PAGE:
It wasn't a kingdom. The idea is that there existed a Jewish principality in the Frankish realm, vassal to the Carolingian kings. Their leader wasn't a king but rather a
Nāśī. It is mostly advocated by a certain Arthur Zuckerman, as you have noted. His theory has been widely dismissed by historians in general.
Zuckerman's claim is that the Jews of Septimania aided Pepin the Short in his seven year siege to capture Narbonne from the Muslims. As a reward, the Jews of Narbonne was given extensive lands and privileges, and Makhir, a Babylonian rabbi supposedly from the Royal House of David was installed as their leader. Zuckerman argued that he created a dynasty of Jewish rulers related to the Carolingian kings by blood.
That a Jewish community headed by a
Nāśī existed in Narbonne is not very controversial. Zuckerman's identification of those Jewish leaders as various other established aristocratic lineages and persons, however, is widely discredited. Specifically, Zuckerman argues that Makhir (the alleged founder of the Jewish dynasty) is the same person as Count Magnario of Narbonne and Aymeri de Narbonne. From that, he argues that Magnario/Aymeri/Theoduric/Makhir fathered Saint Guilhelm of Toulouse, founder the House of Guilhelmides.
The problem is that contemporary records don't support Zuckerman's arguments. In the historical record, Makhir is only mentioned in a 13th century gloss of Abraham ibn Daud's 1161 Book of Traditions. No other source names Makhir at all. His supposed dynasty's continuity from its supposed founding up to ibin Daud's time is totally unrecorded, and there is no way to verify its claim of Davidic lineages. Moreover, it is directly contradicted by the contemporary (with the gloss) Gesta Karoli Magni ad Carcassonam et Narbonam. The Latin text states that the Jews of Narbonne had, when the city was captured from the Muslims in 759, an existing leader of the Davidic line. As opposed to one imported from Babylon by the Franks.
There doesn't seem to be any actual evidence behind Zuckerman's claim that Aymeri was the same as Magnario and Makhir either. His primary evidence is that a certain Magnario was mentioned in Narbonne's 791 charter, the original of which having been long lost. Based on fragmentary facsimiles of engravings that survive in the 1681 De Re Diplomatica, Zuckerman claims the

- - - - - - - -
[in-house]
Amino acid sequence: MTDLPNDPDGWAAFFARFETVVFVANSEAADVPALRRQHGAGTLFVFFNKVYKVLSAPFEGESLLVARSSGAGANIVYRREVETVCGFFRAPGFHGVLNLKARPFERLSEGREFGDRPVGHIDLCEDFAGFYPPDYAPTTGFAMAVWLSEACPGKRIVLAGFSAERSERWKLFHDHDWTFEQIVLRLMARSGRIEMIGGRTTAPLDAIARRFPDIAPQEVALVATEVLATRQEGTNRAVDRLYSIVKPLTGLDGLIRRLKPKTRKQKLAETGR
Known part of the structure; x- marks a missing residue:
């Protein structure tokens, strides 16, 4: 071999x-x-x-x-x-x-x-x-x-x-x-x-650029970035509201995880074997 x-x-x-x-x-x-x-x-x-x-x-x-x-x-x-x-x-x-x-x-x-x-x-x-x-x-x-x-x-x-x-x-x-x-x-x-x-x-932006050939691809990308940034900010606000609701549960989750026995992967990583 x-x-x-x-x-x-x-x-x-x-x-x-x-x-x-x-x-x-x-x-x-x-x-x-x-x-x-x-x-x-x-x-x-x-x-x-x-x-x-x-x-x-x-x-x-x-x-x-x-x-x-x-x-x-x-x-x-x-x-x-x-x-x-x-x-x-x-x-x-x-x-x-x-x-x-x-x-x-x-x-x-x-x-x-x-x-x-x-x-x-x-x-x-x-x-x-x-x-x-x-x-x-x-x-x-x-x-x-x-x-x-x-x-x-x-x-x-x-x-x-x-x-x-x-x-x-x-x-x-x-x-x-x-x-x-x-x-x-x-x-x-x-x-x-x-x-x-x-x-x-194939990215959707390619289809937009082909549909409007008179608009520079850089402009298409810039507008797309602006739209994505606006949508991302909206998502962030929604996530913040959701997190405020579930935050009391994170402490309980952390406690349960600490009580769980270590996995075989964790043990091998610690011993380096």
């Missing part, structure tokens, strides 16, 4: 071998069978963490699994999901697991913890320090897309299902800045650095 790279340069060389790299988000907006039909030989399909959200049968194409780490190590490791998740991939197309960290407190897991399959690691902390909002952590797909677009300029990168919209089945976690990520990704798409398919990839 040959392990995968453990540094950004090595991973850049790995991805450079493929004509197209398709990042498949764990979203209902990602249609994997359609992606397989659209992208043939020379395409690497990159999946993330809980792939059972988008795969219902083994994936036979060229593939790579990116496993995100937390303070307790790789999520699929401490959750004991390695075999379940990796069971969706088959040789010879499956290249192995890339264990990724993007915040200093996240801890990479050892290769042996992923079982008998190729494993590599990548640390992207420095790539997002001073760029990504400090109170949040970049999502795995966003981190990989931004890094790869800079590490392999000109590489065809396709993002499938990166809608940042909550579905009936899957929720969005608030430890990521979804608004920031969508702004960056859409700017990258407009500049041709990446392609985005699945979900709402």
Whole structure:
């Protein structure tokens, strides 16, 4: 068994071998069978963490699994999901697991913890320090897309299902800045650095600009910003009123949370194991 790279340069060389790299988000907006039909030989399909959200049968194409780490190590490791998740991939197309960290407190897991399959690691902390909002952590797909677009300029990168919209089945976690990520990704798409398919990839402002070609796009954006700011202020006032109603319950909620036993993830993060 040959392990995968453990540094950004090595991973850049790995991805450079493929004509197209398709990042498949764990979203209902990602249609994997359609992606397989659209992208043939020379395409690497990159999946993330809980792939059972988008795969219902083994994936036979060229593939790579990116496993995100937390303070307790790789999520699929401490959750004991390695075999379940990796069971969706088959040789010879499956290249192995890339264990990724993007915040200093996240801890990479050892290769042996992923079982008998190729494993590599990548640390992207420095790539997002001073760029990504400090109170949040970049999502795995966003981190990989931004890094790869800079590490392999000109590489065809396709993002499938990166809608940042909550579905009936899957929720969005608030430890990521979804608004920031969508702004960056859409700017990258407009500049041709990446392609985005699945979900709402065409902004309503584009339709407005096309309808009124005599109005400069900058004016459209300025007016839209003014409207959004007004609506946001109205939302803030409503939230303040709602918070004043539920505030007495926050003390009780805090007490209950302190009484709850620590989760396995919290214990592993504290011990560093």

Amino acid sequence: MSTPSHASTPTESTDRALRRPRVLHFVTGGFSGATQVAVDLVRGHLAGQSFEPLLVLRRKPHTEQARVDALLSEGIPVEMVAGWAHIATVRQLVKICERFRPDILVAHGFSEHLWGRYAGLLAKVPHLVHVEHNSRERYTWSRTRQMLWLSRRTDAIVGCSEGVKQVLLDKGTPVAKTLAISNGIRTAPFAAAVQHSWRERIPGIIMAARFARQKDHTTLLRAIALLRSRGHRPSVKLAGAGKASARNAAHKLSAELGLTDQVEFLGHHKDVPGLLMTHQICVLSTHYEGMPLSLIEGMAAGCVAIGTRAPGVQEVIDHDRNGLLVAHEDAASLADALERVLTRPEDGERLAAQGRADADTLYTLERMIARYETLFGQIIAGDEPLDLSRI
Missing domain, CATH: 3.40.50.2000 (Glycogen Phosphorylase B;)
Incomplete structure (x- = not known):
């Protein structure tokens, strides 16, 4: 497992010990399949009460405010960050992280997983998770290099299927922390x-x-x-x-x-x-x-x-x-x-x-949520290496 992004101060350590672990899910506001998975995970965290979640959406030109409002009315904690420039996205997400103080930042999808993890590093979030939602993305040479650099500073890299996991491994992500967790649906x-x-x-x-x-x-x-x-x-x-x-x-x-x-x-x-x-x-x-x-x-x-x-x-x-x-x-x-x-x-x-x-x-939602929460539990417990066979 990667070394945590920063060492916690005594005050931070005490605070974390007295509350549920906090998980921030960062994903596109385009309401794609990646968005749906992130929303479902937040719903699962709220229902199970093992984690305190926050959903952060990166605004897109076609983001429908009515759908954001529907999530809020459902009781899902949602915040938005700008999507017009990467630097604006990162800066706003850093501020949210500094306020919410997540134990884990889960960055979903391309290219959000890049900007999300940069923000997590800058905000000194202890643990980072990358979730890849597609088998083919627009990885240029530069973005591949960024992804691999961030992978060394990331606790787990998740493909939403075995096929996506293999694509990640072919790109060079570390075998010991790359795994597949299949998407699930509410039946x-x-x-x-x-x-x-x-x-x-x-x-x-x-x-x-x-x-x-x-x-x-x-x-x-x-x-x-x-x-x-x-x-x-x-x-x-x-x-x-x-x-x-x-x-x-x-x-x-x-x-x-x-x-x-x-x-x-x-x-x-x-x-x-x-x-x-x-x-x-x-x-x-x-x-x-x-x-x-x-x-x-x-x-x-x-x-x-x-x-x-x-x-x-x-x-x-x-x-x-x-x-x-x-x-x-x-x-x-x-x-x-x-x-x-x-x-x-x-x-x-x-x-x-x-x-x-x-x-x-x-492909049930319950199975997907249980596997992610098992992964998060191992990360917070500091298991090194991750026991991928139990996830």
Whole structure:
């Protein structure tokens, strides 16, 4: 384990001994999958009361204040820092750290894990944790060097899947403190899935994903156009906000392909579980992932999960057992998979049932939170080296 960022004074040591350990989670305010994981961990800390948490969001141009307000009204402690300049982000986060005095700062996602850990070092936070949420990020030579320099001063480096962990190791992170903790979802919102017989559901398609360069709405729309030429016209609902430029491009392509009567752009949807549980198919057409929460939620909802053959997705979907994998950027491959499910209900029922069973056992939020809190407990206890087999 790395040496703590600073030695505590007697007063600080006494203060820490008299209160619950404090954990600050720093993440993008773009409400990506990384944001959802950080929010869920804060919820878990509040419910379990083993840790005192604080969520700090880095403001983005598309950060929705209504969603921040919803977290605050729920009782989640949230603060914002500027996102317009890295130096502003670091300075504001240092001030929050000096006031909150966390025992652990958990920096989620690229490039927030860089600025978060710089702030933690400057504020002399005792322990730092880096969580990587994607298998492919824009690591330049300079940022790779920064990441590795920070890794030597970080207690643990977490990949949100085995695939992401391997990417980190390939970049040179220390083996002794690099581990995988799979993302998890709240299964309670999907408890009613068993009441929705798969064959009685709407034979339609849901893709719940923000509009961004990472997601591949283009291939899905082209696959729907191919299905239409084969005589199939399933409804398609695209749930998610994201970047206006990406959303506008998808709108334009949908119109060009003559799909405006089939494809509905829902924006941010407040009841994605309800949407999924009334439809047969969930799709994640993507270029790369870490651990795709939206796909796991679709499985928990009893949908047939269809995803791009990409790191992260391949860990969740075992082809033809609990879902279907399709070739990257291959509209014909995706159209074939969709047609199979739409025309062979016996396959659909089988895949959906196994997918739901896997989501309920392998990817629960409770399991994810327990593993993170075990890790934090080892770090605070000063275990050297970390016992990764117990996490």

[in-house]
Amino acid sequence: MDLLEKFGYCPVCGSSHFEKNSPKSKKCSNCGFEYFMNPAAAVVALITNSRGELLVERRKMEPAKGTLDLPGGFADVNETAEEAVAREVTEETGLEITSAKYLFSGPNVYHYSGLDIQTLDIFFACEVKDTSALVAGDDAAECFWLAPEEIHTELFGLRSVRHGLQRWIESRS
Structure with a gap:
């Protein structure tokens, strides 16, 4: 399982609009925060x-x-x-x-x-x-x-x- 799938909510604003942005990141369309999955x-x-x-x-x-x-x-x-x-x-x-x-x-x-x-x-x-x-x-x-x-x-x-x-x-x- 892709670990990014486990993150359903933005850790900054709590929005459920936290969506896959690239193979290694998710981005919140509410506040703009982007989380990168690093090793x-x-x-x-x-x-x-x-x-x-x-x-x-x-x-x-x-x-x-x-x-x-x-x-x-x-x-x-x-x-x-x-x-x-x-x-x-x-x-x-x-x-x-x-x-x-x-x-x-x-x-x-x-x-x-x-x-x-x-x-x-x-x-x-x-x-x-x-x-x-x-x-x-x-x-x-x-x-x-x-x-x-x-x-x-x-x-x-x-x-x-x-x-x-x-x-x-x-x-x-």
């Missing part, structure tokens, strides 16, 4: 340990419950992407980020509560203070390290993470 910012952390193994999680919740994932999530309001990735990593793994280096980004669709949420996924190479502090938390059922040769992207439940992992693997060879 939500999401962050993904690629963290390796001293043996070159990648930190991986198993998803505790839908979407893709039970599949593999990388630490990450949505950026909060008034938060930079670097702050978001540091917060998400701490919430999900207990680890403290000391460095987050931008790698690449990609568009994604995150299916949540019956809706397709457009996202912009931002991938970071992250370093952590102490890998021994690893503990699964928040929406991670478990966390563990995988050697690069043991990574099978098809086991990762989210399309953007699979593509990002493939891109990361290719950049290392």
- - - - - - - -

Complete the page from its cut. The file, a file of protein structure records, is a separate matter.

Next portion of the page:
Magnario it mentioned is actually
Maghario. According to him, the latter is Makhir in Latin.
That is, he argues the (as most people read it)
gn in the word is actually
gh. There is however a partial word
regna from the same document. Other historians generally took the similarity between the two
gn's to mean that the one in
Magnario is, well, also
gn after all. In this they are backed up by
Magnario being the Latin of a known Germanic name. The same name, actually, as the significantly better attested Meginarius, notary of Louis the Pious.
Lastly, a note about his claim that Saint William of Toulouse was Jewish. Zuckermans cites as "evidence" Ermold the Black's Poeme sur Louis le Pieux. In that poem, Guilhelm of Toulouse did not fight on the Sabbath. Zuckerman claimed this proved he was Jewish. Most historians thought it was because his army was part Jewish
While Zuckerman's theories are interesting, they don't seem to be based on much in the way of facts. Sometimes the obvious explanations are more convincing than fantastical ideas that predicates upon references to this fabled Jewish dynasty being systematically purged from all historical records.
When you hear hoofbeats, think of horses, not zebras.
-- Professor Theodore E. Woodward
- Cosman, Madeleine Pelner, and Linda Gale Jones. Handbook to life in the medieval world. Facts on File, 2008. Page 316.
- Cohen, Jeremy. "The Nasi of Narbonne: A Problem in Medieval Historiography." AJS Review 2 (1977): 45-76.
- Taylor, Nathaniel L. "Saint William, King David, and Makhir: A Controversial Medieval Descent." American Genealogist 72 (1997): 205-224.